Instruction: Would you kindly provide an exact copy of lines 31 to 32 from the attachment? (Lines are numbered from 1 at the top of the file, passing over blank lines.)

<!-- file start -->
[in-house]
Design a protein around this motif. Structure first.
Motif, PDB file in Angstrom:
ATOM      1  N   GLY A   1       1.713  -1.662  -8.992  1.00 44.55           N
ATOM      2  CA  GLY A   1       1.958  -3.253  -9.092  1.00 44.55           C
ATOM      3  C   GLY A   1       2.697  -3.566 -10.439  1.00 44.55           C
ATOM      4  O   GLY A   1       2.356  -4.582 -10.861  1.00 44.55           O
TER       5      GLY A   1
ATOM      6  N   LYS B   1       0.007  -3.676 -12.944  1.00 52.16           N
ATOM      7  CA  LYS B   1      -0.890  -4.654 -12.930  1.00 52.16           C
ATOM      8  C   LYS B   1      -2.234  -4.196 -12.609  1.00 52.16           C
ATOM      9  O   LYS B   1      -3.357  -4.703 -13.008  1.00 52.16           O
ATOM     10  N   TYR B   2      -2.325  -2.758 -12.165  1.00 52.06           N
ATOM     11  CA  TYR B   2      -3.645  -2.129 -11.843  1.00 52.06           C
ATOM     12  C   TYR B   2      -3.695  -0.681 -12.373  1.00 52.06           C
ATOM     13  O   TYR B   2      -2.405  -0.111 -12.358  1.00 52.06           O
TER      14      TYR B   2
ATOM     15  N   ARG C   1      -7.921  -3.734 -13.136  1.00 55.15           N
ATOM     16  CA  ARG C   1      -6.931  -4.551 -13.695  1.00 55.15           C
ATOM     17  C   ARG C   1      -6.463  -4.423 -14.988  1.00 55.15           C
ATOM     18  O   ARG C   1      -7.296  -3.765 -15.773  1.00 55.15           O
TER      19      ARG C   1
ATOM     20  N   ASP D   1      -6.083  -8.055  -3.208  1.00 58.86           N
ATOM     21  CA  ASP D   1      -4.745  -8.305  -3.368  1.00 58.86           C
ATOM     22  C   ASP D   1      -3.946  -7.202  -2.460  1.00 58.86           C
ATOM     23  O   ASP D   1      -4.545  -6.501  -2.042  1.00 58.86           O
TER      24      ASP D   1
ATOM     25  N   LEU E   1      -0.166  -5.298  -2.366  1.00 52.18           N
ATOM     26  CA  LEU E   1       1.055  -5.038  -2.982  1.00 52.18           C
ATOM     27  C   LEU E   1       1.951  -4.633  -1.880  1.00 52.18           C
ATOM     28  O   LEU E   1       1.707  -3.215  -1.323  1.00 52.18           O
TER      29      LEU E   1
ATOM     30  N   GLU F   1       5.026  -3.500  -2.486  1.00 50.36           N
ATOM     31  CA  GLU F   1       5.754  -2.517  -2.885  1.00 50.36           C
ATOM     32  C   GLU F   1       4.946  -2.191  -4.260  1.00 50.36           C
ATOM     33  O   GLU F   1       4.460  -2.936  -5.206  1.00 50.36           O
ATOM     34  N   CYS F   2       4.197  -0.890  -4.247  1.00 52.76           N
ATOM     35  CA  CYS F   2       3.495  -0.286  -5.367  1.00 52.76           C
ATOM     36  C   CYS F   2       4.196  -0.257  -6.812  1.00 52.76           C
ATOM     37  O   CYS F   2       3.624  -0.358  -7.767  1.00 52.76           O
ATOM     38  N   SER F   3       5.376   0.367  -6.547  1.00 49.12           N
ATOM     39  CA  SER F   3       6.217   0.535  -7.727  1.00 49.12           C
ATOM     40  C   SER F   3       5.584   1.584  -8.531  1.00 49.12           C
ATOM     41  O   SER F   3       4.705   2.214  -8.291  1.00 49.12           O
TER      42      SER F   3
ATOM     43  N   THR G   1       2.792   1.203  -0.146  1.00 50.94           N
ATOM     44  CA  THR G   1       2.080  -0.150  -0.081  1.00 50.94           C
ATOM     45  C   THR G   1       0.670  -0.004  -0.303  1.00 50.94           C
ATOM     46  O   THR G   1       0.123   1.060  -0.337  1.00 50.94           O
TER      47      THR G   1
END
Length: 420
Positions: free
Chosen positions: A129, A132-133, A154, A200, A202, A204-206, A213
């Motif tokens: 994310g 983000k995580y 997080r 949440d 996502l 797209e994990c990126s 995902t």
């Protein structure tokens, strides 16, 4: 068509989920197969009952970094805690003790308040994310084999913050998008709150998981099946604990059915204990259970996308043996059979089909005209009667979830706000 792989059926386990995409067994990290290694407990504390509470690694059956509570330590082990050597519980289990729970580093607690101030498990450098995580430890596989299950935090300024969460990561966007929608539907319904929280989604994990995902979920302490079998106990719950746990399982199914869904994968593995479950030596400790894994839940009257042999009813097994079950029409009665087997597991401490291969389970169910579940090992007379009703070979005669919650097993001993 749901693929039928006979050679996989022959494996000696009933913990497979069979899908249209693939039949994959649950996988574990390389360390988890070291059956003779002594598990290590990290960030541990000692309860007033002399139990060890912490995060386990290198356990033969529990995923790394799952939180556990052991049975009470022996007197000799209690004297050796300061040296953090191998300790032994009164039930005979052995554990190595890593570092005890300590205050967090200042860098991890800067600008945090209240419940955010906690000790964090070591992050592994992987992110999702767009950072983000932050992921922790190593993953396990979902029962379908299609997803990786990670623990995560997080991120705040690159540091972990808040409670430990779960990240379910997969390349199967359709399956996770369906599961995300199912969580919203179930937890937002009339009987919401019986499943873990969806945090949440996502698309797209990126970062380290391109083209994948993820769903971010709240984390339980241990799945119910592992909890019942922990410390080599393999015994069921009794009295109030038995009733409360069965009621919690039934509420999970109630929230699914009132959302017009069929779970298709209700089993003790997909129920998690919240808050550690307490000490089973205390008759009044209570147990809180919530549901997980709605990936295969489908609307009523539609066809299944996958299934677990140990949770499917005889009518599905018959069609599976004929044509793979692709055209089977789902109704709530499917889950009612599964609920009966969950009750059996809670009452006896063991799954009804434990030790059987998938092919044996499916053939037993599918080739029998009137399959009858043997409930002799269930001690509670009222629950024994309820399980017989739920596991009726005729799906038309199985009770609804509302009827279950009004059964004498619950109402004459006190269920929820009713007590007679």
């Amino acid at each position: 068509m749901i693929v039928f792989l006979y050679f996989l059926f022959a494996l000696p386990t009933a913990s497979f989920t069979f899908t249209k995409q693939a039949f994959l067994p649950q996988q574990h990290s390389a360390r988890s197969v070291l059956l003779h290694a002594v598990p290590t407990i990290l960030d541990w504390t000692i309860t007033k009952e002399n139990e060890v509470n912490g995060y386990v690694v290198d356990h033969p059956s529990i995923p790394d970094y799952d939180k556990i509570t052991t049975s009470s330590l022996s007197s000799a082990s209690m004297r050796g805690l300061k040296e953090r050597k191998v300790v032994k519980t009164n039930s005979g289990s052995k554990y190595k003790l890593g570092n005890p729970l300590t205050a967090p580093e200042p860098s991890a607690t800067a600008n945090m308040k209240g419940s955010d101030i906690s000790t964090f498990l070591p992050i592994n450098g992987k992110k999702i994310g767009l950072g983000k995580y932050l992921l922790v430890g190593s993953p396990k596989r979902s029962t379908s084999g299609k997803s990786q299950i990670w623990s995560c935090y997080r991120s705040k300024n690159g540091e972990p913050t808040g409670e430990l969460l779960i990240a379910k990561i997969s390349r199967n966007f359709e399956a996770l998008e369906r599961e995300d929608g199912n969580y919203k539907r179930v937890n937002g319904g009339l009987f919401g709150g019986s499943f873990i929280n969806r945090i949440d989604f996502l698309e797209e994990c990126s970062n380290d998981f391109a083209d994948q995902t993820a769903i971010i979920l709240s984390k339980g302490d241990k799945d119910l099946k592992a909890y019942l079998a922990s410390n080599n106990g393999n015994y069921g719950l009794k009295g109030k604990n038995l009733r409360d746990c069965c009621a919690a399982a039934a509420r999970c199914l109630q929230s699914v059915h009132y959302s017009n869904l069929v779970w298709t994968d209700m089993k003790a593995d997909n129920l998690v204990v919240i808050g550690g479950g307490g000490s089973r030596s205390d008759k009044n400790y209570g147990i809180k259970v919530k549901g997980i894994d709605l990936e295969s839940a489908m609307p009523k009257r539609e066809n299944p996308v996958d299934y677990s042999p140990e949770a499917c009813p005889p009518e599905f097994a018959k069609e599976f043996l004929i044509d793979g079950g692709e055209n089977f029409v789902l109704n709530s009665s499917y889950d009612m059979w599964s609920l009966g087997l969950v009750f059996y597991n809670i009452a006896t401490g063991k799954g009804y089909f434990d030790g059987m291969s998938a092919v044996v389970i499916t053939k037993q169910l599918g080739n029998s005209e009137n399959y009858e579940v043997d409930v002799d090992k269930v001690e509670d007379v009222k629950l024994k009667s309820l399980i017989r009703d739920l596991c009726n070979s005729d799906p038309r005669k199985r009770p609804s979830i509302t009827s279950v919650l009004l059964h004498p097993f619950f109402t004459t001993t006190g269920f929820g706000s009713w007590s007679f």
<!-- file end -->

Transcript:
ATOM     28  O   LEU E   1       1.707  -3.215  -1.323  1.00 52.18           O
TER      29      LEU E   1